An Ally to a Trans Jesus, Part 1: Peter’s Confession


Peter’s confession of Jesus’ identity at Caesarea Philippi (Mark 8:27-33) models well- intentioned but misguided cisgender allyship to the transgender community. Jesus, who parallels a transgender person, endures misidentification and seeks affirmation from his disciples. Peter correctly validates Jesus’ identity, which models an ally’s support of a trans person’s name and pronouns. However, Peter’s rebuke of Jesus’ teaching about his impending suffering models misguided allyship, which pressures trans people to deny the struggles of being transgender in favor of a positive outlook on the future. Jesus’ refusal to celebrate Peter’s affirmation demonstrates that correct identification is a baseline expectation for interaction with all people, including transgender people and Jesus’s rebuke of Peter highlights the need for cisgender allies to listen to the often-painful realities transgender people know they will face rather than insist on positivity.

In Mark 8:27-33, on the way to Caesarea Philippi, Jesus asks his disciples, “Who do people say that I am?” The disciples offer several possibilities: John the Baptist, Elijah, or one of the other prophets. Having heard all of the incorrect ways by which he is identified, Jesus turns the question to his disciples directly and asks, “But who do you say that I am?” Peter answers, “You are the Messiah” (8:29). Jesus’ response to this correct answer is to order his disciples not to tell anyone about him (8:30). This conversation between Jesus and his disciples offers an example of allyship for cisgender people who seek to support their transgender loved ones in the face of misgendering and discrimination.

In this story, we see Jesus from his closest followers the validation of his identity that no one else understands. I imagine Jesus hearing all of the assumptions with growing disappointment and frustration because despite how complimentary each suggestion is, they remain incorrect. I also imagine Peter anxiously awaiting his chance to show Jesus that at least one person does recognize his identity. Peter must be dismayed when he gives the right answer and validates Jesus’ identity only to be ordered to keep it a secret.

Like Peter, many of my allies were confused when I first started coming out as transgender because, at first, I came out slowly to only close friends. They were often frustrated when others would misgender me because they wanted to support me and struggled to understand why I asked them not to correct people. Prior to coming out publicly, I remember the perplexing mixture of fear and hope that went into every interaction I had—wondering if the person I was interacting with would use the correct pronouns for me or realize that I was trans and refuse to use my correct name. While I hoped each person would identify me correctly, I was still worried about what would happen if they did. Would bystanders realize I was trans and say something transphobic or worse? Would the truth about my identity somehow get back to my family to whom I was not out?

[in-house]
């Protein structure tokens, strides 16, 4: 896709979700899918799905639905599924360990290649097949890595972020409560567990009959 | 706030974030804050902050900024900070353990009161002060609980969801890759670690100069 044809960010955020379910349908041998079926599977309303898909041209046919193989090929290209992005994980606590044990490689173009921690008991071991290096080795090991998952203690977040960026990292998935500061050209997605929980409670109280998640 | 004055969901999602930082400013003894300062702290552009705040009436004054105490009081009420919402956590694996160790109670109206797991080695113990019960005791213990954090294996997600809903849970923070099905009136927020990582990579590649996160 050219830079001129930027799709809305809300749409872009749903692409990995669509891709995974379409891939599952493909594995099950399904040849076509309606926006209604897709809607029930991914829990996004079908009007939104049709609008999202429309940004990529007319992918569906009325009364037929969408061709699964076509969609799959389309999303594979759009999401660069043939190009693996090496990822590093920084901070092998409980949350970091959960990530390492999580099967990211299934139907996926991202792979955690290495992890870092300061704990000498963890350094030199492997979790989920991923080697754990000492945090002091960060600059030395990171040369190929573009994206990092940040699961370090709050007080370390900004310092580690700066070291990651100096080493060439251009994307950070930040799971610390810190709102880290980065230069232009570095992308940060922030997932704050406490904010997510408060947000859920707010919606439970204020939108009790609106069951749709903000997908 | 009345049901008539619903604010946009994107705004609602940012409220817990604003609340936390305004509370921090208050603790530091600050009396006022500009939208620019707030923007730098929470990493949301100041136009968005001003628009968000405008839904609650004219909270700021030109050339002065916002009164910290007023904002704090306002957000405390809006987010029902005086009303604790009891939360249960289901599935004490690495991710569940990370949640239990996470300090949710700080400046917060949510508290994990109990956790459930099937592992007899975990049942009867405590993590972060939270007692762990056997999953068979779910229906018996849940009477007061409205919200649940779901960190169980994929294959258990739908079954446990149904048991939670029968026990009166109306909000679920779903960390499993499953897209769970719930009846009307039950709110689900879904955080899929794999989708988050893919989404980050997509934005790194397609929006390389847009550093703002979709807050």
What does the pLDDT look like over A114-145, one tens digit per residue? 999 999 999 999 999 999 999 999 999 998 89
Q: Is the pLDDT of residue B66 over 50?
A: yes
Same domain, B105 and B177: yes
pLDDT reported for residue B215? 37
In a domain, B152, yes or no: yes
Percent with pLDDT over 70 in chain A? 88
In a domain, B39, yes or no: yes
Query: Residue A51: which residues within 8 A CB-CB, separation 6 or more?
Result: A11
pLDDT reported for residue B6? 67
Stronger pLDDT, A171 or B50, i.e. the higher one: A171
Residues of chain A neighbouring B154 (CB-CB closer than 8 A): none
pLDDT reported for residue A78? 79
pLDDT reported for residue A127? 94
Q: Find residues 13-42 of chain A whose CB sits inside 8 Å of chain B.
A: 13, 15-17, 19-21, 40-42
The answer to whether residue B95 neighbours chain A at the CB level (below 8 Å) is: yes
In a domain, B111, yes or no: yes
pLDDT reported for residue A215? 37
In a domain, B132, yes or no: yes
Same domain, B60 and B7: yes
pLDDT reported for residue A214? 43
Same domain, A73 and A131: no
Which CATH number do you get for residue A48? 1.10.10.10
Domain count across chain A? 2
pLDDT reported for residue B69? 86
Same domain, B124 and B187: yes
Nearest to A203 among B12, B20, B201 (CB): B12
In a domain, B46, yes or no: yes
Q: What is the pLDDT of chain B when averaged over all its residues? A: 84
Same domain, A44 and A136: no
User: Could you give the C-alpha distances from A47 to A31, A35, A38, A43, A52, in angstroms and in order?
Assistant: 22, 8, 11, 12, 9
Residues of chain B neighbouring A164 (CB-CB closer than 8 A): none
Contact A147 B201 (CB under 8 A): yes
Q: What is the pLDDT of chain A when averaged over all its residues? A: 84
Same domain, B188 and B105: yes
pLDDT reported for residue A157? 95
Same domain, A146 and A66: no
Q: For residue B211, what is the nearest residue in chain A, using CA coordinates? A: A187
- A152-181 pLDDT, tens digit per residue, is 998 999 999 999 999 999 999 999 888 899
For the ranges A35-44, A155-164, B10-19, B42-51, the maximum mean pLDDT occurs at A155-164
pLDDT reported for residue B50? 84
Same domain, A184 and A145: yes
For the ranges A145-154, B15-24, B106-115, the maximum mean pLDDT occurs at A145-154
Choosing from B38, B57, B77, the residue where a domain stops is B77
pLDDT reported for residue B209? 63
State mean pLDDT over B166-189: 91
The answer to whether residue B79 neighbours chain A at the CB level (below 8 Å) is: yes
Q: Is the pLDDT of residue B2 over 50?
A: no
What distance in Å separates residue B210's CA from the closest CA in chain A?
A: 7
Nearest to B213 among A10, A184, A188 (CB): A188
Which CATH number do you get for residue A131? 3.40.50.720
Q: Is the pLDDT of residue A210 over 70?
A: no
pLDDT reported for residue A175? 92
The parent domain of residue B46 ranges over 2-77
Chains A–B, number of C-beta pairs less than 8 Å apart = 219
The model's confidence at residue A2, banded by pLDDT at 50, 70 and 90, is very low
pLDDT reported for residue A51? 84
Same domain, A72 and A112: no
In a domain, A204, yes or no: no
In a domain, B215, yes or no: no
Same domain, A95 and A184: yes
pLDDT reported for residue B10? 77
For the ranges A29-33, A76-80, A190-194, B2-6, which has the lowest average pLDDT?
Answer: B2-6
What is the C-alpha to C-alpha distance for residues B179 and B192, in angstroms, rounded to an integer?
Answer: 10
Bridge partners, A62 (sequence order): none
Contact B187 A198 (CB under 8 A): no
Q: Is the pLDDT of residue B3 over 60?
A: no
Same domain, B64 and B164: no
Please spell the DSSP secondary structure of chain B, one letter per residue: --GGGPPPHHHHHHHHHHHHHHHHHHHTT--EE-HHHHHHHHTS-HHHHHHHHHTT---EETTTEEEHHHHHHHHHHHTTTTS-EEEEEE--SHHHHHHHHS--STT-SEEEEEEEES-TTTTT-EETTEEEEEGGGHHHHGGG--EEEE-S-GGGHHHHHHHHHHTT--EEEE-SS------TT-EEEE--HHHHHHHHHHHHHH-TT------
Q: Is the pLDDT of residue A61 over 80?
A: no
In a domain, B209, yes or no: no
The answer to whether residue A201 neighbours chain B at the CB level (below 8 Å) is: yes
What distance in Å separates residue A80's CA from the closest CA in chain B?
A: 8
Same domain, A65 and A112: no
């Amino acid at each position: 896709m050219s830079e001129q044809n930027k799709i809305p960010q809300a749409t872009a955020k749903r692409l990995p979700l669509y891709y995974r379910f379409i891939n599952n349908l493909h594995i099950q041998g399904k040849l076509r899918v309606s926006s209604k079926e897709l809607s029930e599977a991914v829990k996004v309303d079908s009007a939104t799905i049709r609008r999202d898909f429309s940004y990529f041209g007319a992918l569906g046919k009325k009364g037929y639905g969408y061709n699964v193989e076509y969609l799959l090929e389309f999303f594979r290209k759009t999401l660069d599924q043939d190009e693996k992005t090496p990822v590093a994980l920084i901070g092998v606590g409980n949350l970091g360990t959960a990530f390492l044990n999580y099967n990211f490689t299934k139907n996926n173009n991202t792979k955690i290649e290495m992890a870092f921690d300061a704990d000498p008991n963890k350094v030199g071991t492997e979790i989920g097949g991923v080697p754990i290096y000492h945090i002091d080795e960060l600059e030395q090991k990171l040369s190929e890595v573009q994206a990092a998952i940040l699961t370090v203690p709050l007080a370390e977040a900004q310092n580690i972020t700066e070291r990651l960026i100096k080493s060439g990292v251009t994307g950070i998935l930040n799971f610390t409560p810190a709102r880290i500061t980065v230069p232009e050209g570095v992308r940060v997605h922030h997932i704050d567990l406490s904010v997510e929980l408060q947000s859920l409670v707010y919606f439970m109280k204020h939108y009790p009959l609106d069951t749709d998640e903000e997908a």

For many transgender people, including myself, the coming out process is gradual. Many choose to disclose their identity only to their closest friends, and this secrecy can be frustrating to allies who desperately want their trans loved one to be properly recognized. Like Jesus, trans people might instruct their supporters not to correct others who misidentify them, because they are not ready for others to know or they believe it is not safe for them if others know. Allies like Peter who want to validate Jesus’s identity and prove that they do understand can find it hard to accept that the trans person may not be ready for the world to know—especially if, as in Peter’s case, there is no recognition or celebration for getting it right.

I have experienced days when constant misgendering and deadnaming weighs me down to the point where not even an ally’s validation provides relief.[1]  While it can be difficult for an ally to accept that the trans person may not thank them for correctly identifying them, it can be even more difficult to challenge the notion that gratitude is necessary in response to acknowledging a trans person’s identity. I have heard cisgender people tell trans people their names and pronouns are too difficult to remember or that they have to be patient and endure constant misgendering until the person gets it correct, at which point immense gratitude is the only polite response. Cisgender people, however, do not congratulate others for identifying them by the correct name or pronouns and that is not the expectation—respect for a person’s identity is the baseline expectation of interacting with a person.